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Dexter Gordon: The Complete Prestige Recordings

Like most artists, Dexter Gordon broke out of the gate full of youthful fire, hit full stride in his 30s and 40s, and slowly decelerated thereafter. The accepted wisdom is that his greatest dates were made for Blue Note during the ’60s, and certainly he never sounded better than on Dexter Calling and Doin’ Allright. The first entry in Gordon’s discography is from 1941, when he was 18, and the last is in 1987. In between he was officially recorded more than 160 times, about half of which were made in the ’70s and ’80s-and during the crucial decade of the ’50s he hardly recorded at all. This means that a vast portion of Gordon’s records catch him in cruise control essentially, while relatively few present him at his peak.

This Prestige collection contains a track from 1950, a session recorded in ’60, another from ’65, and 11 made between ’69 and ’73. The music ranges from fantastic to fairly good, and gathering it all together gives us a chance to reevaluate recordings that can get lost in the shuffle when a discography is so large.

Gordon made his name doing tenor battles with other L.A. hotshot tenors in the ’40s, so it seems appropriate that this collection opens with a 10-minute jam with Wardell Gray on Denzil Best’s “Move.” The two tenors are joined by altoist Sonny Criss and trumpeter Clark Terry for this live performance. It’s typical flag-waving stuff, all good fun and appropriate here as an indicator of the musical milieu in which Gordon matured, but it’s an open question whether he was ever really at his best in this setting, and the answer of each listener will go a ways toward determining the desirability of this box. For my part I find Terry to be more interesting than any of the saxophonists, but the brash energy of “Move” saves it, something that can’t be said of some of the later live material.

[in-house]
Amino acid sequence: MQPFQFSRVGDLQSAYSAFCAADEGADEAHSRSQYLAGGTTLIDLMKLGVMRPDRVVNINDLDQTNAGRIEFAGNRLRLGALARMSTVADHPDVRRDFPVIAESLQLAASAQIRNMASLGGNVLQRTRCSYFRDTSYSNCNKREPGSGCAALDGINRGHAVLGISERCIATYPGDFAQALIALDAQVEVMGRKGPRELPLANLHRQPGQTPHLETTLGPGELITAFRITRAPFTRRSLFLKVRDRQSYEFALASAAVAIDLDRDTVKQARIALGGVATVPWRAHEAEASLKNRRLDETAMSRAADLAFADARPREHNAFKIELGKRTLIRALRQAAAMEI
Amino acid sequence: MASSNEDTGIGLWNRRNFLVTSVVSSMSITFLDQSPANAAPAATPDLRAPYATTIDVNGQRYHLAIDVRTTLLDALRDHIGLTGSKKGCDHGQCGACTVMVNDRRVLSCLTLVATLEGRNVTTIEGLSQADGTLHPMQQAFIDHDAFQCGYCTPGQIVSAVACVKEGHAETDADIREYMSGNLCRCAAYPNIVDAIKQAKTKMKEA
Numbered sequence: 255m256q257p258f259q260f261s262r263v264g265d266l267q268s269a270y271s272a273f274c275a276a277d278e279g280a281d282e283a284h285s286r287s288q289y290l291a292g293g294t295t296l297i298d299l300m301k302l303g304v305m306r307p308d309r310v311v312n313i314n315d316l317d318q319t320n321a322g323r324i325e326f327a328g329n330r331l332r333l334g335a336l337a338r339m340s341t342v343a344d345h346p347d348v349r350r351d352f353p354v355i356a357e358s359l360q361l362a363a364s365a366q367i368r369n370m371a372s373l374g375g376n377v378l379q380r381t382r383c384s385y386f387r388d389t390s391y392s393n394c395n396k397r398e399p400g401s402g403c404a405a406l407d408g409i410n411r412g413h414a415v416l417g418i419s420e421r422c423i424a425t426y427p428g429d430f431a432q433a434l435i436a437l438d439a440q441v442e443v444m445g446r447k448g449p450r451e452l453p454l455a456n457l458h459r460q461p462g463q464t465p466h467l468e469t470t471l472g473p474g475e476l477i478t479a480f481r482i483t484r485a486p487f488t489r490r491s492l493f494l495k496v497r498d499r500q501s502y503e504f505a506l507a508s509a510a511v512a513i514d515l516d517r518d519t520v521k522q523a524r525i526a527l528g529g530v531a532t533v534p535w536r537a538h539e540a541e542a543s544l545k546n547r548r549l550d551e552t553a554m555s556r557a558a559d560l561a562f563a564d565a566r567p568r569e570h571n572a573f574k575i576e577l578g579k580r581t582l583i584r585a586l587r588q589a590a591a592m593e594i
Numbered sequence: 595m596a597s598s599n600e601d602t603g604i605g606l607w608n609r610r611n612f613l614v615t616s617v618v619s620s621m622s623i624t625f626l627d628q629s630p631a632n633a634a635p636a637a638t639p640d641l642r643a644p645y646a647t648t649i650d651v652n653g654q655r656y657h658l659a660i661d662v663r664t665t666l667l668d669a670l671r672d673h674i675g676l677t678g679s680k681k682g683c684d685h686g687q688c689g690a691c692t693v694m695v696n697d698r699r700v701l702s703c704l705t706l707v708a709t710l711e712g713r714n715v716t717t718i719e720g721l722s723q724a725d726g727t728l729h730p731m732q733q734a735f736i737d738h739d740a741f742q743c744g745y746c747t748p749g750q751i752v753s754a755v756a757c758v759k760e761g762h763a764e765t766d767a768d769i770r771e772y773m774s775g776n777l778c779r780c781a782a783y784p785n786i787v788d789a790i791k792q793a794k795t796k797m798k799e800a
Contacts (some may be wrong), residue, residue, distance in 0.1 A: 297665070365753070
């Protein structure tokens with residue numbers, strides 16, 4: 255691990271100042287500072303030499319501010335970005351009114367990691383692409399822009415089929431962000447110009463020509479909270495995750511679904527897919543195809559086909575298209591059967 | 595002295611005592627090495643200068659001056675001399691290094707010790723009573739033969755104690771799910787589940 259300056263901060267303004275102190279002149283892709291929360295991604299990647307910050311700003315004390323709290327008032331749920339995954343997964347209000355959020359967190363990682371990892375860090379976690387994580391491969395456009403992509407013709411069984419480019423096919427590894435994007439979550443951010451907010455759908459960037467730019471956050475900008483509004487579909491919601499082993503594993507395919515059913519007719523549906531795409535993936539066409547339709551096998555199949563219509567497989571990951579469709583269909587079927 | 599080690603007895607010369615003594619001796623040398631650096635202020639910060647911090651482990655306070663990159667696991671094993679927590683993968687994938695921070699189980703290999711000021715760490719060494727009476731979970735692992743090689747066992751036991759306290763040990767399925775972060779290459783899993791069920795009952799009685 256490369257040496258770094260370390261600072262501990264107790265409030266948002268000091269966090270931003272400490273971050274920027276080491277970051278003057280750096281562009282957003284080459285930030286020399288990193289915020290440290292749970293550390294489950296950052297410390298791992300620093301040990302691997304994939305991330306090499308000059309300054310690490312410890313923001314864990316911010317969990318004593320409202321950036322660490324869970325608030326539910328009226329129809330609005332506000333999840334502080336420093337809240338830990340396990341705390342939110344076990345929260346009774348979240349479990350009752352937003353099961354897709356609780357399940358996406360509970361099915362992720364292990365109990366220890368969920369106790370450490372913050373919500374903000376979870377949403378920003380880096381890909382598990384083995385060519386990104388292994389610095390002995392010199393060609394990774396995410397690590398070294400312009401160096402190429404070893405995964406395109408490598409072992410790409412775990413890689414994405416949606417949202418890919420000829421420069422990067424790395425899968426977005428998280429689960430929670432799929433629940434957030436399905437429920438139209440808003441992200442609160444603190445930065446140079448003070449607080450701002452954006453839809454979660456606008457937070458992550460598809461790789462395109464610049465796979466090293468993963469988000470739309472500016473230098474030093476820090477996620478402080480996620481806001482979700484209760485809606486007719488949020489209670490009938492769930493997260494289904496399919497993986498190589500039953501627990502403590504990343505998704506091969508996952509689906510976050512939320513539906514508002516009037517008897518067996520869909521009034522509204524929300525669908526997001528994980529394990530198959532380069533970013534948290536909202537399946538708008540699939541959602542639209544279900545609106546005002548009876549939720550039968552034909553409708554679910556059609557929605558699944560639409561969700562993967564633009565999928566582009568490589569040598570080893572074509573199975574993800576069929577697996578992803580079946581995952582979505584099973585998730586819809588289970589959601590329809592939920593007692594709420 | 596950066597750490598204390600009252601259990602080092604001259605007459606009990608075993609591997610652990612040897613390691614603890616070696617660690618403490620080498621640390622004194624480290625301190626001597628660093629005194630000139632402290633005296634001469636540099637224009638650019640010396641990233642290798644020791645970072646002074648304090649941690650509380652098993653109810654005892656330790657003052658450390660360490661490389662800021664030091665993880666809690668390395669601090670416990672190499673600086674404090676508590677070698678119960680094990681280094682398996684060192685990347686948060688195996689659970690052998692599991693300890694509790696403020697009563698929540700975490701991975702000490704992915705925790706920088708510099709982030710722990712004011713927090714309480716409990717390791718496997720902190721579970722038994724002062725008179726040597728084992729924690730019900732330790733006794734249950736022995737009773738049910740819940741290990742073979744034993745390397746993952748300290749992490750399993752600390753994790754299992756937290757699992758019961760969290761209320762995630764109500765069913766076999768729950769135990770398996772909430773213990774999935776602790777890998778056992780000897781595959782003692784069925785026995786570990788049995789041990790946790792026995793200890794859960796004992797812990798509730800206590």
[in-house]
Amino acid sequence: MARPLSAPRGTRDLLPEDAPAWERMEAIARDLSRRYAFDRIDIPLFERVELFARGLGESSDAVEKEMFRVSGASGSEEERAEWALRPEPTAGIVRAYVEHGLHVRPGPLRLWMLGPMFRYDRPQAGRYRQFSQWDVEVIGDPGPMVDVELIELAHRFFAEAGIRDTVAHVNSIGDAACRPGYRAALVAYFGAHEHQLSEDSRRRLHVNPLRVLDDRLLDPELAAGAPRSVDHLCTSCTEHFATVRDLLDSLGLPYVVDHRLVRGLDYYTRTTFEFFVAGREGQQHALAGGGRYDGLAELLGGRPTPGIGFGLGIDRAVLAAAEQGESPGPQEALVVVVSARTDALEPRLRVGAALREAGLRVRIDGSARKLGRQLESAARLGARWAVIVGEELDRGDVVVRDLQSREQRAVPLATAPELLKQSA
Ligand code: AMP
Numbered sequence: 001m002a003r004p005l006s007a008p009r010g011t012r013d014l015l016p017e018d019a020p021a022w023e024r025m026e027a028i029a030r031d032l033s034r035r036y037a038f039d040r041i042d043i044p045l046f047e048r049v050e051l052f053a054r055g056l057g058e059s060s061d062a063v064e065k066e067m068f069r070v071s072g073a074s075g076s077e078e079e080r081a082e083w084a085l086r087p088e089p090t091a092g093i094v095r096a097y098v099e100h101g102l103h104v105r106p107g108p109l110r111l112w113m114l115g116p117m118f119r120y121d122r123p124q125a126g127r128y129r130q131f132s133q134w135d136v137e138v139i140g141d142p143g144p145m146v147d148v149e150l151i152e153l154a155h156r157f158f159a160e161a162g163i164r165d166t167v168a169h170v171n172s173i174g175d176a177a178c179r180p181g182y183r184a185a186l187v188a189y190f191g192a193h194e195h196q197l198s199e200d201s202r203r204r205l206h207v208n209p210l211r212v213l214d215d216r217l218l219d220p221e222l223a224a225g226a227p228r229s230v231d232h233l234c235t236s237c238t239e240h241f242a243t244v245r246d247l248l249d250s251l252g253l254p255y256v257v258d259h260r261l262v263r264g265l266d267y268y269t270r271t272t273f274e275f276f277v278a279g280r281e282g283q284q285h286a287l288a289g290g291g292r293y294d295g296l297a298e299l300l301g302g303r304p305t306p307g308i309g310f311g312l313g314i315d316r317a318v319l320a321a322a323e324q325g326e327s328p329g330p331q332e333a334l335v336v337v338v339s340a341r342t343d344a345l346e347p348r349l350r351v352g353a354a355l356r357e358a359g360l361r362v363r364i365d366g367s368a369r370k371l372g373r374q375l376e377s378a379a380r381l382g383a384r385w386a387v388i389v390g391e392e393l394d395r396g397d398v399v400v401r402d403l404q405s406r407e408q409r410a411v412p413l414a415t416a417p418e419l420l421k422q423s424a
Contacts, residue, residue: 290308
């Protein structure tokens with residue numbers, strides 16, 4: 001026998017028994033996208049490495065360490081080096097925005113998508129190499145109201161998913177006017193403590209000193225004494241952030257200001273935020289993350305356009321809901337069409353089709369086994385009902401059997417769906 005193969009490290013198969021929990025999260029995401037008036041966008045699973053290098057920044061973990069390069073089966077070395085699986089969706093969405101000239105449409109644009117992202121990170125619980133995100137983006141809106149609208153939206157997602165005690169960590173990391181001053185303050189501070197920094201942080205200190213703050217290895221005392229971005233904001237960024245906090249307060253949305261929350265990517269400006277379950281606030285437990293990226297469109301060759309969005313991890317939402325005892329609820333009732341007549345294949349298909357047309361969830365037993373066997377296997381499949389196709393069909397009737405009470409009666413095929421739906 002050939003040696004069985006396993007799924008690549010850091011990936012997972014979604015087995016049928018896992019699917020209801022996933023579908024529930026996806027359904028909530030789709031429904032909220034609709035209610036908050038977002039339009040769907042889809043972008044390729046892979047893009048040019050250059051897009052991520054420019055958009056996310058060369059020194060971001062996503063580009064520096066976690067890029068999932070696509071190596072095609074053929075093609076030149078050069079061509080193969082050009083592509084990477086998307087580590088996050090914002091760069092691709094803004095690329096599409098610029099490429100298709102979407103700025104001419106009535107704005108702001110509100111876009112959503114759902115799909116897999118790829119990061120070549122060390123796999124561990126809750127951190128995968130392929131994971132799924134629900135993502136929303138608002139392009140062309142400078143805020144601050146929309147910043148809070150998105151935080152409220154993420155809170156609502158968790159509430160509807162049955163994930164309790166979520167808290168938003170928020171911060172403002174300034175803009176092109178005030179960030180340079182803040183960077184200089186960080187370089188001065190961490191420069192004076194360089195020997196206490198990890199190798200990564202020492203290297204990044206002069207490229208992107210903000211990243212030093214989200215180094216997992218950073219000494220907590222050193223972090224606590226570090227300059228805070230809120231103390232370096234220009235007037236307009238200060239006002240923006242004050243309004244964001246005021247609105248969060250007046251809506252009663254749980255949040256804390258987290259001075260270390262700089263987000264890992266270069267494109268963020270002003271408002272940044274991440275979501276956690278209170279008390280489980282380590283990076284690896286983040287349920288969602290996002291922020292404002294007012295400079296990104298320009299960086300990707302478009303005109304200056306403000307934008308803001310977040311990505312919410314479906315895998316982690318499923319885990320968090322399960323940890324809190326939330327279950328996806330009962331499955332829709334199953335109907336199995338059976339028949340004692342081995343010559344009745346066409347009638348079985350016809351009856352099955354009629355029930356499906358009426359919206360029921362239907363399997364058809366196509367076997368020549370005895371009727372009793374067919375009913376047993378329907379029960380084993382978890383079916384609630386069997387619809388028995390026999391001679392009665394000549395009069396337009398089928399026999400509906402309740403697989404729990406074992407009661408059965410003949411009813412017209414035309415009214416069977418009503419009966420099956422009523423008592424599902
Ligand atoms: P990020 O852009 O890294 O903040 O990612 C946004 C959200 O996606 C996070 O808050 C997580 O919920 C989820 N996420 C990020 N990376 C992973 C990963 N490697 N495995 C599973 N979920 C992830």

After his lost years, the saxophonist returned to the recording fray with 1960’s The Resurgence of Dexter Gordon at the helm of a sextet alongside two little known hornmen, trumpeter Martin Banks and trombonist Richard Boone. This is an underrated session, notable for worthwhile contributions by these lesser lights, nice work by pianist Dolo Coker and drummer Larance Marable, and especially for the fine form displayed by the leader. The language spoken is much more obviously bebop than anything Gordon would record thereafter, and there’s a happy, swinging feeling that’s quite engaging. Next up, from 1965, is Booker Ervin’s Setting the Pace. Some of the reservations about extended blowing cited above might be expected to apply to the two 20-minute marathons here, but Ervin sounds so pleased to be in harness with his early idol that the music rises well above jam session norms. Pianist Jaki Byard does his usual unusual thing, utterly brilliant one minute and the next sounding as if he’s listening to another band on headphones. Drummer Alan Dawson shows how great he really could be, ditto Ron Carter back when he was lean and mean. The fact that chaos sometimes threatens helps keep a nice edge.